Glad to hear things have not changed. Japan is still one of the friendliest countries I’ve been to. :pirate:


While in Tokyo we headed over to the Imperial Palace Gardens. We did not sign up for the tour that would have allowed us to tour inside the gates… note to self, sign up for this a month in advance. We did not know what days we would be able to tour the two disney parks since we could not purchase our park tickets before the trip so we opted not to sign up for the tour. Looking back, we could have booked it but since we were more focused on going to the two parks this trip we decided to save the other tours for our next trip.

After the Imperial Gardens we opted to head back to our hotel. We knew we were a good hour by train from our hotel and everyone wanted to be at the parks for rope drop. We grabbed a bite to eat and headed back. We arrived back at the train station outside of Tokyo Disneyland about the time the sun was setting.

Outside of the park is a small Disney Store. We decided to go in and see what we could find. The store was very small compared to what you would find on Main Street in Orlando. We looked around a noticed a few things. (1) Very few shirts to choose from. (2) Almost no pins to buy (we learned later on that pin trading is not popular at all). (3) The Disney CMs were just as friendly and customer focused as they are in the US. (4) Almost nobody spoke english.

Looking back on our visit it is obvious that most of the guests in the parks the two days we were there are from Japan. To them, it was like going to Six Flags. Most everyone took the train in and very few were staying at the Disney Hotels. That explains why there are so few Disney Hotels in Japan. Also, souvenir shopping… not all that big. The Disney Store we found outside of Tokyo Disneyland that night was one of the biggest stores with the best selection on property.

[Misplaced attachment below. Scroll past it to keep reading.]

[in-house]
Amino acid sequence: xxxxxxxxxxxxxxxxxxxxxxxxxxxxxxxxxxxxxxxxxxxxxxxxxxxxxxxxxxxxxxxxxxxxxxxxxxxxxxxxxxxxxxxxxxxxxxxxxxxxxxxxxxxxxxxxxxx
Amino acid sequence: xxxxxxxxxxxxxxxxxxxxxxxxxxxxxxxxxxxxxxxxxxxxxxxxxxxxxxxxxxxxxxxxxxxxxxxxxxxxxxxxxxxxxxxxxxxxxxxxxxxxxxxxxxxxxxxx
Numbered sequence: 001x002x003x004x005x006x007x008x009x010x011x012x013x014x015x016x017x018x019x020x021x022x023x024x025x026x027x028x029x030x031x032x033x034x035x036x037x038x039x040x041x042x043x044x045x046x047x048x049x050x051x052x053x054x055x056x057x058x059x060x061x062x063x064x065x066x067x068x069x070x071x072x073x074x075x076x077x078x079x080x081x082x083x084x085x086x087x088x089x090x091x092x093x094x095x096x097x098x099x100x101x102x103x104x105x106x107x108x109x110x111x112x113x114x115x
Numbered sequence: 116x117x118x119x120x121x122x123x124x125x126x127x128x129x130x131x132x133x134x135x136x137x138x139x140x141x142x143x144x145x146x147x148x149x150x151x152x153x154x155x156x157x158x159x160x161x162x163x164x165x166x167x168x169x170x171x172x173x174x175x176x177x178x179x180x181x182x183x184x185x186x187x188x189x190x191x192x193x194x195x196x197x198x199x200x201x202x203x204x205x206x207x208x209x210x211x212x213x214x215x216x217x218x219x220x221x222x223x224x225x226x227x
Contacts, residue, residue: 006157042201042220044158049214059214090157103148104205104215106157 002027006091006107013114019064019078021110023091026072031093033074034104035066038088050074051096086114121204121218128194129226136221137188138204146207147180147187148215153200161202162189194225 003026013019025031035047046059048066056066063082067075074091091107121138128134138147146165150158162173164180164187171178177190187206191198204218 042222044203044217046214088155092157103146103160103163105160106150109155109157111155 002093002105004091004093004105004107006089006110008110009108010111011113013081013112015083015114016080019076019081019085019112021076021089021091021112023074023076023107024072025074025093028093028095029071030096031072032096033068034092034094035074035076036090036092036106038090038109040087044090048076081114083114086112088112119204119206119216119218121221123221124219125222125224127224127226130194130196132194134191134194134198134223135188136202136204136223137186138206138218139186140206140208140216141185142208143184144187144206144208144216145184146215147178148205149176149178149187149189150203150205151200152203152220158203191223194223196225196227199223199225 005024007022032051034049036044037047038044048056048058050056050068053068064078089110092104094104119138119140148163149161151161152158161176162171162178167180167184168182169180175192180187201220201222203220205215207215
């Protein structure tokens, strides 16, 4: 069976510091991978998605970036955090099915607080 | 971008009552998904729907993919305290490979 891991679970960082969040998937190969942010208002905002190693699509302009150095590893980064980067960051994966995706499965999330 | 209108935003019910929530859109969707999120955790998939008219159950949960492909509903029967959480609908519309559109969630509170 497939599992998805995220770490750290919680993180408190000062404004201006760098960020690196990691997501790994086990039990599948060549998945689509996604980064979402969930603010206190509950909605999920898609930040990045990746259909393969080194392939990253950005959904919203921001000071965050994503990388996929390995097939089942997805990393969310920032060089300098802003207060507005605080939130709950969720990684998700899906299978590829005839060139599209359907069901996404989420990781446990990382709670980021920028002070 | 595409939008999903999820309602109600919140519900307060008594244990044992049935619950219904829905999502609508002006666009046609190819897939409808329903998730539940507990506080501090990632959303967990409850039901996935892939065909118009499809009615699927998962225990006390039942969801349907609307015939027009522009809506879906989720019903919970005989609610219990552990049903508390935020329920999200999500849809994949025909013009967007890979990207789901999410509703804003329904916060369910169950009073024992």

We took a few photos of the area and headed back to our hotel. Tomorrow is our first day inside a Tokyo Disney Park.


Nice pictures! Interesting to read the differences in the Parks. My dd’s friend is a teacher in Japan (and dedicated Disney fanatic). She’s found some really unique, different souvenirs than the ones at WDW, at least. She bought dd a pair of clip-on Stitch ears that we haven’t seen anywhere else. Last time she wore them at the MK people were stopping her and asking where she got them. Looking forward to reading more!


Japan is currently the #1 country on my dream travel list… not sure if I’ll ever get there in reality so I was SO EXCITED to see this trip report pop up in my new posts!! I can’t wait to see all your pictures and read about all your adventures! Great pix so far!


It’s so interesting to read about the differences! Can’t wait to read more!


Glad you are all following along.

Here is another photo from our first day in Tokyo… it is not coke, but it was very close and I thought it was very good. We loved the fact that there were vending machines all over. You did not see Coke and Pepsi products in them. The machines were full of tea, juice or water. We do not drink a lot of soda so it was nice to have the vending machines. The average cost was $1.50 but since we pay about $3 for a 20oz bottle in Australia we were in heaven.

Since we could not read the labels, we had to guess what they would taste like based on the pictures on the labels. Note to self, just because there is a picture of an apple on the bottle does not mean the drink will taste like apples.


Since we could not read the labels, we had to guess what they would taste like based on the pictures on the labels. Note to self, just because there is a picture of an apple on the bottle does not mean the drink will taste like apples.[/QUOTE]

You have to be careful there. You might be drinking beatlejuice.

Get it?

Apple Label.


Ha ha. I kill myself. :laugh:

Remember to tip your waitress.

Try the veal! :pirate: